Switzerland’s role as banker to the world’s rich was built on a reputation for institutional discretion and dull reliability. That only made the scandals, public legal battles and mounting losses at Credit Suisse Group AG more striking and hard to comprehend. In March, a slow-burn crisis turned into full-blown panic, clients ran for the door and the Swiss government swooped in to arrange a hasty takeover by local rival UBS Group AG. Thus an icon of Swiss financial prowess that was established in the mid-19th century and rose to become one of the world’s 30 systemically important lenders was no more. 


Credit Suisse’s failings included a criminal conviction for allowing drug dealers to launder money in Bulgaria, entanglement in a Mozambique corruption case, a spying scandal involving a former employee and an executive and a massive leak of client data to the media. Its willingness to engage with clients that some other banks avoided, such as disgraced financier Lex Greensill and failed New York-based investment firm Archegos Capital Management, lost it billions of dollars and compounded the sense of an institution that didn’t have a firm grip on its affairs. Many fed up customers voted with their feet, leading to unprecedented client outflows in late 2022. The loss of business was especially dramatic in Asian wealth management, which for many years had been an important source of profit growth. 


Chief Executive Officer Ulrich Koerner launched a massive outreach to woo back nervous clients and their cash. The effort appeared to be paying off by January, when it reported “net positive” deposits. However, on March 9, the U.S. Securities and Exchange Commission queried the bank’s annual report, forcing it to delay its publication. Panic spread after the failure of regional U.S. lender Silicon Valley Bank underscored how higher interest rates were eroding the value of the banking industry’s bond holdings. Investors began ditching anything that smelled of banking risk and deposit flight. 


Credit Suisse stock slumped as much as 31 per cent on March 15 when the chairman of its largest shareholder, Saudi National Bank, ruled out investing any more in the company. This prompted Credit Suisse to ask the Swiss central bank for a public statement of support. The cost of insuring the bank’s bonds against default for one year surged to levels not seen for a major bank since the global financial crisis of 2008. Aware of the potential economic fallout if Credit Suisse collapsed, the central bank offered to lend it as much as 50 billion Swiss francs ($54 billion) and buy back up to 3 billion francs of debt. This bought Swiss authorities a little time to find a more sustainable solution. Over the following weekend, they forced the bank into the arms of its local rival UBS for about US$3.25 billion — less than half its market value when the shares closed the previous Friday.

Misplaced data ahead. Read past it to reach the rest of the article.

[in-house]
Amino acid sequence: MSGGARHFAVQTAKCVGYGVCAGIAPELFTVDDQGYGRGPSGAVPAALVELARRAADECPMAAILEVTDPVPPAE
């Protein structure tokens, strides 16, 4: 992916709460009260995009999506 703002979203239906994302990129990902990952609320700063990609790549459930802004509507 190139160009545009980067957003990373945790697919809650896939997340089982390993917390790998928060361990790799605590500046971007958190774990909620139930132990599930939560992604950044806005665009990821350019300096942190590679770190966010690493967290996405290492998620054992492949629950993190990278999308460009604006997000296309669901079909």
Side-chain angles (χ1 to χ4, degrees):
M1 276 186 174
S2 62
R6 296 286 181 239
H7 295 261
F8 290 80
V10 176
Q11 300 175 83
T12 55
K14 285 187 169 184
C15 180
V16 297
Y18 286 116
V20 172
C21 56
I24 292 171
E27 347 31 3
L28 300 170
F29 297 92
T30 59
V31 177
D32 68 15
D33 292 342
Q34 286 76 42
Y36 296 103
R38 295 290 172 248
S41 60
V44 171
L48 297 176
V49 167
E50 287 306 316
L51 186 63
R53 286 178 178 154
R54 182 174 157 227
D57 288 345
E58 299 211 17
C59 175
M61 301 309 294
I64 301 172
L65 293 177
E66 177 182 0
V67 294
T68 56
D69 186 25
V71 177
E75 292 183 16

Credit Suisse’s crisis came shortly after the failure of three U.S. regional lenders and underscored how some less well-managed financial institutions have struggled since the era of rock-bottom interest rates came to an end. Its demise may push other banks to lower their risk profile, which means issuing fewer of the loans that enable economies to grow. That would make it harder for central banks to keep raising benchmark rates to cool red-hot inflation without causing recessions. Investors have been abandoning bets on more rate hikes and now see US rate cuts coming as early as the summer. European Central Bank President Christine Lagarde said on March 16 that the financial market turmoil could hit credit conditions and dampen confidence. However, she said the banking sector was “in a much, much stronger position than where it was back in 2008.” 

--With assistance from Irene García Pérez, Low De Wei, Christopher Anstey and Zimri Smith.